The terrifying question...
I remember it like it was yesterday. It was a Tuesday in October and we had just come back in from recess. Ms. Simoney, my third grade teacher, called us all over to the reading carpet in the back of the room. We were about to start reading a new book when Ms. Simoney decided to start us off with a question. Normally the questions were easy like “What did you do over summer break?” or “What is a tradition your family does over the holidays?” But this was different. Ms. Simoney asked the hardest question I’ve ever had to answer in my life. She asked, “What do you want to be when you grow up?”
That was the first time I remember experiencing anxiety. Sheer panic set in when it was my turn to answer. All I could think of was, “I don’t know lady! I might want to be a dog walker, or an astronaut, or maybe a bagger at the grocery store they seem pretty cool.” As other kids were saying things like doctor or NBA player or firefighter, I choked and said, “I want to be Elmo.” You can imagine it went over really well.
btw, this is me in 1994 and 2015
Ok, ok, ok. I’m not actually sure if any of this is true, except for Ms. Simoney. She was definitely my third grade teacher. Or was it fourth grade? Thats besides the point. The point is I’ve always dreaded the question “What do you want to be?” because quite honestly I’ve never felt this strong calling to “be” anything. Especially if the role of the red fuzzy monster with a strange voice was already filled.
By the time I got to college most of my friends knew they wanted to be teachers, or in the medical field, or in marketing. Meanwhile I’m over here changing my major five times. I think a part of my indecisiveness was because I didn’t really know what my strengths were. Nor did I want to feel locked into any one area.
In my first job out of college I got to discover those strengths and I realized I love helping people, and talking with people, and wearing a lot of hats (not literal hats, although I do have a great Blossom hat), and being a part of something starting at the ground floor. So I guess it's only natural I fell in love with start-ups.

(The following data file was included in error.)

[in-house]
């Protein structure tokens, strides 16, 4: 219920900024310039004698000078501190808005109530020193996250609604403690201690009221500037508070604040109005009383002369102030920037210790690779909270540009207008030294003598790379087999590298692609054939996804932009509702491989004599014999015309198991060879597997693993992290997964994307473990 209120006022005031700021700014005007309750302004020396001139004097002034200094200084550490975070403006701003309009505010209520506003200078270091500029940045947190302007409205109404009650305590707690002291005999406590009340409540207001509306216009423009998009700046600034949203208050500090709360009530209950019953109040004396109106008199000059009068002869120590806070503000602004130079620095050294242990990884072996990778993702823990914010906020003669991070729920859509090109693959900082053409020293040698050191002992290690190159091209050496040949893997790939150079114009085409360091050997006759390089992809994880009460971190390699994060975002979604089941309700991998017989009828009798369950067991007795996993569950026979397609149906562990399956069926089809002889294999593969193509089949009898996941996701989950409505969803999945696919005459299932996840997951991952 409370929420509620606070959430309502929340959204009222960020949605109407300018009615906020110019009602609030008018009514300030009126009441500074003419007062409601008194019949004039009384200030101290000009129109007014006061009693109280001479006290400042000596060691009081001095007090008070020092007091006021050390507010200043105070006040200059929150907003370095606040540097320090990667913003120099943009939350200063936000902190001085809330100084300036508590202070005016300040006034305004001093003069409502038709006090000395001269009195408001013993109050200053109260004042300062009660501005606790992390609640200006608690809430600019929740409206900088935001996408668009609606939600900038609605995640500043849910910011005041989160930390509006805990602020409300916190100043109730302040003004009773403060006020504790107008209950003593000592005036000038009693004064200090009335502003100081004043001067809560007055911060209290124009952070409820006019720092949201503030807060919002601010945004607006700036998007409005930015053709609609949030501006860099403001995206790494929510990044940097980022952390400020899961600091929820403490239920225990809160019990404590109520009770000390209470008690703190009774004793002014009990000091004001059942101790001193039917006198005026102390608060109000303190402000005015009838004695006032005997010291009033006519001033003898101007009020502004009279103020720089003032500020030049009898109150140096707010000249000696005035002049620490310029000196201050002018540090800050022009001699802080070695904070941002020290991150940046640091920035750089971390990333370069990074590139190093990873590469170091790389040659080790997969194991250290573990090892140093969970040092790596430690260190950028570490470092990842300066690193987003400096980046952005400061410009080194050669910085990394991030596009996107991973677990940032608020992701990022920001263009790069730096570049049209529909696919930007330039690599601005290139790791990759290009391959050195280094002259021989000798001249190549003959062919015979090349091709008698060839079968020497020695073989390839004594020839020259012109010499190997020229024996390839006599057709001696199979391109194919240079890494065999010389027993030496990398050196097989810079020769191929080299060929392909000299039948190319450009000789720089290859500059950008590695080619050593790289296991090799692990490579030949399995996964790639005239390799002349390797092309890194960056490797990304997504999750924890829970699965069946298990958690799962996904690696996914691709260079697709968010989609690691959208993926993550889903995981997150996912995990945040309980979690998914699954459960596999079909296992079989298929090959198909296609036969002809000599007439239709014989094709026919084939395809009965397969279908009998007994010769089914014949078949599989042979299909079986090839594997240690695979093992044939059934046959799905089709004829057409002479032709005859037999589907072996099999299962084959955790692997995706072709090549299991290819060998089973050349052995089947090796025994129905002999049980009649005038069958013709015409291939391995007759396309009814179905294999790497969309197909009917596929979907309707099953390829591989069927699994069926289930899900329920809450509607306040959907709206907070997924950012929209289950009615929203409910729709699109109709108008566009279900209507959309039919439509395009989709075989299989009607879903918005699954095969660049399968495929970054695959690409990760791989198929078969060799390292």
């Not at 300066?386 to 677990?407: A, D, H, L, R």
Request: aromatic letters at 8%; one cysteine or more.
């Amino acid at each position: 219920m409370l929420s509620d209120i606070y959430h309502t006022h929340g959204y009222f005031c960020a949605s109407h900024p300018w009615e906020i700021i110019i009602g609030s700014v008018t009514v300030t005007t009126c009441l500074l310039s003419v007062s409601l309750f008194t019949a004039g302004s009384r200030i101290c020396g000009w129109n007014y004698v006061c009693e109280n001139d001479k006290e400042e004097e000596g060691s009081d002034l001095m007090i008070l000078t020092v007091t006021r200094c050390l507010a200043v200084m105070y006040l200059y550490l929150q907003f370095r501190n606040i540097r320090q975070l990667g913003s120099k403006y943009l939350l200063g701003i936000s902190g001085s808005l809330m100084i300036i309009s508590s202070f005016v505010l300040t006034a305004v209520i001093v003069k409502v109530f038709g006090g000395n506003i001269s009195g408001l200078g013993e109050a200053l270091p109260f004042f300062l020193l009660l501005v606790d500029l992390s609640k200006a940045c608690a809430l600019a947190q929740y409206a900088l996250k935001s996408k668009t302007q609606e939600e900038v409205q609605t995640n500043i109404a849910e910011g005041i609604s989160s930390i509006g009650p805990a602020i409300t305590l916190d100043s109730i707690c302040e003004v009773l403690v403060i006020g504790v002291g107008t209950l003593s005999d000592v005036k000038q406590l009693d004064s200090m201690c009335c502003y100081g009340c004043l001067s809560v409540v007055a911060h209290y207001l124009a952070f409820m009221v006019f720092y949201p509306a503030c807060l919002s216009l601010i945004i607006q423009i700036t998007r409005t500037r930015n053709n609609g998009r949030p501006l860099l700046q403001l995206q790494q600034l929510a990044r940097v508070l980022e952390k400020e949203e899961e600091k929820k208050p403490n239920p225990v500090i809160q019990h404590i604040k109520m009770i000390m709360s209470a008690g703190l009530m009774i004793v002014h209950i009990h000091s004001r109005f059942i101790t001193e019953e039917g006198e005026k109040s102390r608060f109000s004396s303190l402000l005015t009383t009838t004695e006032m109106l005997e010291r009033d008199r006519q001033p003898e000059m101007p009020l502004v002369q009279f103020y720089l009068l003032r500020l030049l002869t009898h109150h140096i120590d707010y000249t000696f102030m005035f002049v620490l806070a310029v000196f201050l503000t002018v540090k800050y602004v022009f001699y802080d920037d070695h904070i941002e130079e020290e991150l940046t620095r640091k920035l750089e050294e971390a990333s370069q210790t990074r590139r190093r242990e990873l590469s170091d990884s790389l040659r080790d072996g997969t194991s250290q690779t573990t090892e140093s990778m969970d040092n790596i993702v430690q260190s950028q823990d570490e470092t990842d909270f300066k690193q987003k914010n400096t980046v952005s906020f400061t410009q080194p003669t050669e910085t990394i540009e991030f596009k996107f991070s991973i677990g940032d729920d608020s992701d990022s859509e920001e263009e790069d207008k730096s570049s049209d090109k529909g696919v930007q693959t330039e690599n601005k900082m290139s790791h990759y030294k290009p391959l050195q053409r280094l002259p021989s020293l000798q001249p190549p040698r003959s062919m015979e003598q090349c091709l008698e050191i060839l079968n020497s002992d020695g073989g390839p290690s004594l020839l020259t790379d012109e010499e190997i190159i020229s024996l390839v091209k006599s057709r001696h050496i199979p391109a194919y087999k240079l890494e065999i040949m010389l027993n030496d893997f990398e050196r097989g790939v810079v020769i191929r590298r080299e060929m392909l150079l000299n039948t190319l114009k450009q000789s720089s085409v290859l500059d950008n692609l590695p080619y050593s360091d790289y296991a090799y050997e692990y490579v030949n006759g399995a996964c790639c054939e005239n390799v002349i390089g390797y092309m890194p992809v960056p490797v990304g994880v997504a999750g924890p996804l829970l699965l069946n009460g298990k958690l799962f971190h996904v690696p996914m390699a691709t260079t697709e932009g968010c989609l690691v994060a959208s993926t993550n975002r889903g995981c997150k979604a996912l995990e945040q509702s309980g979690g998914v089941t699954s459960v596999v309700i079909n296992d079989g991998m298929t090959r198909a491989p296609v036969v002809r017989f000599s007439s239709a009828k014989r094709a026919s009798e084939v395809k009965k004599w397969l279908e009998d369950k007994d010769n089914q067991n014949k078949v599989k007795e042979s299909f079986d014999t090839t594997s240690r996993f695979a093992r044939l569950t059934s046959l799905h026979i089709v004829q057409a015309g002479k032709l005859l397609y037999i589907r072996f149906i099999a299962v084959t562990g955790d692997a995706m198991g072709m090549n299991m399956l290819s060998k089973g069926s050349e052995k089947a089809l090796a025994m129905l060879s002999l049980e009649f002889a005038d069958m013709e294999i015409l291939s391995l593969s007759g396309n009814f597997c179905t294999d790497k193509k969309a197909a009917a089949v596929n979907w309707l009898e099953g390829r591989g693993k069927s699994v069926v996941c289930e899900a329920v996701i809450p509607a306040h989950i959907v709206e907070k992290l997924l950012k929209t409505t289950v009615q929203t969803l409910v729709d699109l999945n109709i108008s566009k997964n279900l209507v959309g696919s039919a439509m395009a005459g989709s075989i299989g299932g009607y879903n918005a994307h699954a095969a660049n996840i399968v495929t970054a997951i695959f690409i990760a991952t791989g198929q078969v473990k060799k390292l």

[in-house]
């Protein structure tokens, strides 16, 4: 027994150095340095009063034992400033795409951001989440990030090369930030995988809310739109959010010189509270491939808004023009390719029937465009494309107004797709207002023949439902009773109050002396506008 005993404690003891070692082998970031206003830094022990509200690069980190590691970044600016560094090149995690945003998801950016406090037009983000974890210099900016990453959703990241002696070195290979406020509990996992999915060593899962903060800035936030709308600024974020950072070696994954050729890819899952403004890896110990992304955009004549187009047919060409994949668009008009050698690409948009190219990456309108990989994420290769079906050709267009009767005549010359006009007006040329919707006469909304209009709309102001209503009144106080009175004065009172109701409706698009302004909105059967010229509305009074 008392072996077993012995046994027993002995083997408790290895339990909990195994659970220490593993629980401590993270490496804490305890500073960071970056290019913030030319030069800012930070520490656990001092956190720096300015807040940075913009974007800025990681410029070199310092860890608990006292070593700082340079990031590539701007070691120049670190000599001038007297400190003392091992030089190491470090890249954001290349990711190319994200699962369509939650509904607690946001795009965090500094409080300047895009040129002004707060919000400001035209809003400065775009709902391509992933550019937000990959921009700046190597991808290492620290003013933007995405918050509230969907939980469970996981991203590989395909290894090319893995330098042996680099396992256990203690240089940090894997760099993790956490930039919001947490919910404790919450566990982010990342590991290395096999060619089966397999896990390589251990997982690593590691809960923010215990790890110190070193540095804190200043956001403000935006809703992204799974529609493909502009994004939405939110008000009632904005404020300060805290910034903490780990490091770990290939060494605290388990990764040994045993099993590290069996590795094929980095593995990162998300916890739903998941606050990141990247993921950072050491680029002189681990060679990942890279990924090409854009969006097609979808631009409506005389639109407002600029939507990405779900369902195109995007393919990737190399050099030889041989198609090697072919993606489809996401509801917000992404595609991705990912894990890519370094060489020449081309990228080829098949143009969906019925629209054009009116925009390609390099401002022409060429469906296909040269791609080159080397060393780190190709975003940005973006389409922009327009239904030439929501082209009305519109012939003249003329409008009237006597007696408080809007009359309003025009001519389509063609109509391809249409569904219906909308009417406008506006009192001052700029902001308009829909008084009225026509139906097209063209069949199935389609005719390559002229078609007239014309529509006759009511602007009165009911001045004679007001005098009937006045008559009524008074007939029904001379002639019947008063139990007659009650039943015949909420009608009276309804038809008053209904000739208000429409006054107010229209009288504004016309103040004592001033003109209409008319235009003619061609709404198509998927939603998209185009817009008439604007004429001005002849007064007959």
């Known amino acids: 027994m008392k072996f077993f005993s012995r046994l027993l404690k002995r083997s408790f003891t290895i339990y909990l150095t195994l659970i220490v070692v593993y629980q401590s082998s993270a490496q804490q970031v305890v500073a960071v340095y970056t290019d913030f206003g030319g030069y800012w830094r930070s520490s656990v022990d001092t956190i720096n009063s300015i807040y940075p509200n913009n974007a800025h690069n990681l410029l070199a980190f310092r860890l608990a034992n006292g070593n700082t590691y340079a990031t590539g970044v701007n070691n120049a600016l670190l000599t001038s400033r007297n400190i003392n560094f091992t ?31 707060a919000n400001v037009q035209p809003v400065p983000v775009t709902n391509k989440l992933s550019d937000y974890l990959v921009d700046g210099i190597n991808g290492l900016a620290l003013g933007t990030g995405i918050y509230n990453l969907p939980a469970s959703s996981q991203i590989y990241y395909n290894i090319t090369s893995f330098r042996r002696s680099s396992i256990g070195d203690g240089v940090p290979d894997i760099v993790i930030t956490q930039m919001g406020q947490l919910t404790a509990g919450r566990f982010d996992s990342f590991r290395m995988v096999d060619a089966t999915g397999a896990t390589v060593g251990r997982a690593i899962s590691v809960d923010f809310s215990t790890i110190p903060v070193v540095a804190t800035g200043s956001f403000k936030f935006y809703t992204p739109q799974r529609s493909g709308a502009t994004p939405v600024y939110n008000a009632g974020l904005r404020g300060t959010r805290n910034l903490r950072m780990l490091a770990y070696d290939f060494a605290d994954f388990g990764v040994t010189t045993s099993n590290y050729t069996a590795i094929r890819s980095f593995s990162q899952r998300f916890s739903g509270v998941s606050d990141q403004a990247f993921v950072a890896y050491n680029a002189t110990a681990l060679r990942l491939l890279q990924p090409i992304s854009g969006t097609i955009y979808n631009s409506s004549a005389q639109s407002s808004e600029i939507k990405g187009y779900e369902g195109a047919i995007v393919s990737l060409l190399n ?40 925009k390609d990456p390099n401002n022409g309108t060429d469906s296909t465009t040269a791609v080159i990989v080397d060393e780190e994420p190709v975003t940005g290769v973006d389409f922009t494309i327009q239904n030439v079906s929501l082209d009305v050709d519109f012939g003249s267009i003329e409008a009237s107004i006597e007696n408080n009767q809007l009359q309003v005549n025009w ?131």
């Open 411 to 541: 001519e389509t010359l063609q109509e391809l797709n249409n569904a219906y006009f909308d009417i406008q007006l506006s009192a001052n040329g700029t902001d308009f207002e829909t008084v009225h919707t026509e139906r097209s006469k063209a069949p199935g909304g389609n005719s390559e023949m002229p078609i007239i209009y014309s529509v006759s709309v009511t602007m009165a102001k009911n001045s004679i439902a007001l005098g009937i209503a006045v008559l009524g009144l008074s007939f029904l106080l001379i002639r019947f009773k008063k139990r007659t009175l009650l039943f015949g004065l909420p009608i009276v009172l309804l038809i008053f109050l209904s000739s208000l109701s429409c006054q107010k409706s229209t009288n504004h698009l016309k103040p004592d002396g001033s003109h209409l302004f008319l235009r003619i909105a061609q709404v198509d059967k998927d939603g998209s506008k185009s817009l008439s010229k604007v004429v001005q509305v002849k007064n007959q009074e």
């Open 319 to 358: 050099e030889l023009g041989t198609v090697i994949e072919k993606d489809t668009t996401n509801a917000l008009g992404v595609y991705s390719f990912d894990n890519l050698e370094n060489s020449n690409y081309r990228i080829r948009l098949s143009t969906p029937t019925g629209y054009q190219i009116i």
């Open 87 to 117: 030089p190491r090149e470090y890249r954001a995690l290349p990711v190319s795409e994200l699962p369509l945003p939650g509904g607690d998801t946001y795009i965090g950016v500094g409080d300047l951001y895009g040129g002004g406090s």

A little background….
A fresh 3 days out of college, I started as an intern for a cool company called CrowdRise. CrowdRise is a fundraising platform for charities based in Detroit. There I was given the space to discover my strengths in things like relationship and team building (I also discovered some weaknesses along the way, but that's another story).
As I was discovering my strengths as an individual, I also realized that the day-to-day of what I was doing in my role was important to me, but equally important was the team I was working with. Working at a start-up is chaotic. You need a team that is solution oriented, positive and supportive of each other. I knew this CrowdRise community was awesome and helping me really thrive, but I didn’t know how hard it can be to find.
After 3 beautiful years, I left CrowdRise and went on a cross country road trip for 6 weeks; by myself. Someone super cool would probably call it a wanderlust or a walkabout. Regardless of what it’s called, it was great, and meaningful, and my way of seeing real live whales in the ocean.
When I returned from my trip, I worked at a couple different start-ups bringing my skills of communication and relationship building. It was exciting. I was enjoying learning the new industries and learning from new people.
I realized and learned the importance of community.
So why purpose.jobs…
When Ryan told me all about purpose.jobs and what he was trying to accomplish, I wanted in. Ryan and I have a very similar work attitude: upbeat, let’s have fun and crush it all at the same time. And if Ryan is good at one thing, it is creating a supportive work community.
I love the idea of creating this one big start-up community and helping people figure out what their strengths are. It’s important and I’ve been there so I like sharing that with people who are on the journey. But the really exciting part is helping people pinpoint the kind of environment they’ll flourish in and then locating a job that fits.
Community and culture are a huge piece to the puzzle in finding a job you love. I know it, I’ve lived it, and now that I’m at purpose.jobs, I can help find the best fit for you.